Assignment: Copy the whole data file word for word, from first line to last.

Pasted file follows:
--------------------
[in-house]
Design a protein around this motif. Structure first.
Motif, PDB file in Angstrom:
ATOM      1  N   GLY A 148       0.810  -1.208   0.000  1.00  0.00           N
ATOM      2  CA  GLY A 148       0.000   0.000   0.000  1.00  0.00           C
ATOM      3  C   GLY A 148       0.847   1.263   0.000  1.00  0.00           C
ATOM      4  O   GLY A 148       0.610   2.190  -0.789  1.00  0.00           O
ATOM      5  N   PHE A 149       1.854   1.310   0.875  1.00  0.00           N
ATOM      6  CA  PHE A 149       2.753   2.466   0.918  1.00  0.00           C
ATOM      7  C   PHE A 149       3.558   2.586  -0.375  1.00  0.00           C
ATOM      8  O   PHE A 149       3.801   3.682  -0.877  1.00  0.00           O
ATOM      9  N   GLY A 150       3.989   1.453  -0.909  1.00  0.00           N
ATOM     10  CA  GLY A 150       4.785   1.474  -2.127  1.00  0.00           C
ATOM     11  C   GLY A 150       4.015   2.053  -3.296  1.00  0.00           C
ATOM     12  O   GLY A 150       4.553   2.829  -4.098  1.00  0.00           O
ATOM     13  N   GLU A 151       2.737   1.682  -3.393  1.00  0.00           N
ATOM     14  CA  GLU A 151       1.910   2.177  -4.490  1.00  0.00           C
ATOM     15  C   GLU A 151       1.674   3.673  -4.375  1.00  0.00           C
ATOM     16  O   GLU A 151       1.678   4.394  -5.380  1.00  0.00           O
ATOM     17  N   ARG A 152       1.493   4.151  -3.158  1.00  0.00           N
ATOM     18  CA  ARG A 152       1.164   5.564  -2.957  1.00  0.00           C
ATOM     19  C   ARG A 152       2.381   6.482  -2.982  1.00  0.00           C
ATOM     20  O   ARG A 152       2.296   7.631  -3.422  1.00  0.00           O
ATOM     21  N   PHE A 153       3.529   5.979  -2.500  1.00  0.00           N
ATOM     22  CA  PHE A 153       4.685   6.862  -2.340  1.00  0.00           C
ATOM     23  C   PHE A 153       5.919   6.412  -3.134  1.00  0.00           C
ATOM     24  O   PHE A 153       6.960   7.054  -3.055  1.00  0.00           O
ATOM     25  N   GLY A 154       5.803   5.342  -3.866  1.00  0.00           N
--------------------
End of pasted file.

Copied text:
[in-house]
Design a protein around this motif. Structure first.
Motif, PDB file in Angstrom:
ATOM      1  N   GLY A 148       0.810  -1.208   0.000  1.00  0.00           N
ATOM      2  CA  GLY A 148       0.000   0.000   0.000  1.00  0.00           C
ATOM      3  C   GLY A 148       0.847   1.263   0.000  1.00  0.00           C
ATOM      4  O   GLY A 148       0.610   2.190  -0.789  1.00  0.00           O
ATOM      5  N   PHE A 149       1.854   1.310   0.875  1.00  0.00           N
ATOM      6  CA  PHE A 149       2.753   2.466   0.918  1.00  0.00           C
ATOM      7  C   PHE A 149       3.558   2.586  -0.375  1.00  0.00           C
ATOM      8  O   PHE A 149       3.801   3.682  -0.877  1.00  0.00           O
ATOM      9  N   GLY A 150       3.989   1.453  -0.909  1.00  0.00           N
ATOM     10  CA  GLY A 150       4.785   1.474  -2.127  1.00  0.00           C
ATOM     11  C   GLY A 150       4.015   2.053  -3.296  1.00  0.00           C
ATOM     12  O   GLY A 150       4.553   2.829  -4.098  1.00  0.00           O
ATOM     13  N   GLU A 151       2.737   1.682  -3.393  1.00  0.00           N
ATOM     14  CA  GLU A 151       1.910   2.177  -4.490  1.00  0.00           C
ATOM     15  C   GLU A 151       1.674   3.673  -4.375  1.00  0.00           C
ATOM     16  O   GLU A 151       1.678   4.394  -5.380  1.00  0.00           O
ATOM     17  N   ARG A 152       1.493   4.151  -3.158  1.00  0.00           N
ATOM     18  CA  ARG A 152       1.164   5.564  -2.957  1.00  0.00           C
ATOM     19  C   ARG A 152       2.381   6.482  -2.982  1.00  0.00           C
ATOM     20  O   ARG A 152       2.296   7.631  -3.422  1.00  0.00           O
ATOM     21  N   PHE A 153       3.529   5.979  -2.500  1.00  0.00           N
ATOM     22  CA  PHE A 153       4.685   6.862  -2.340  1.00  0.00           C
ATOM     23  C   PHE A 153       5.919   6.412  -3.134  1.00  0.00           C
ATOM     24  O   PHE A 153       6.960   7.054  -3.055  1.00  0.00           O
ATOM     25  N   GLY A 154       5.803   5.342  -3.866  1.00  0.00           N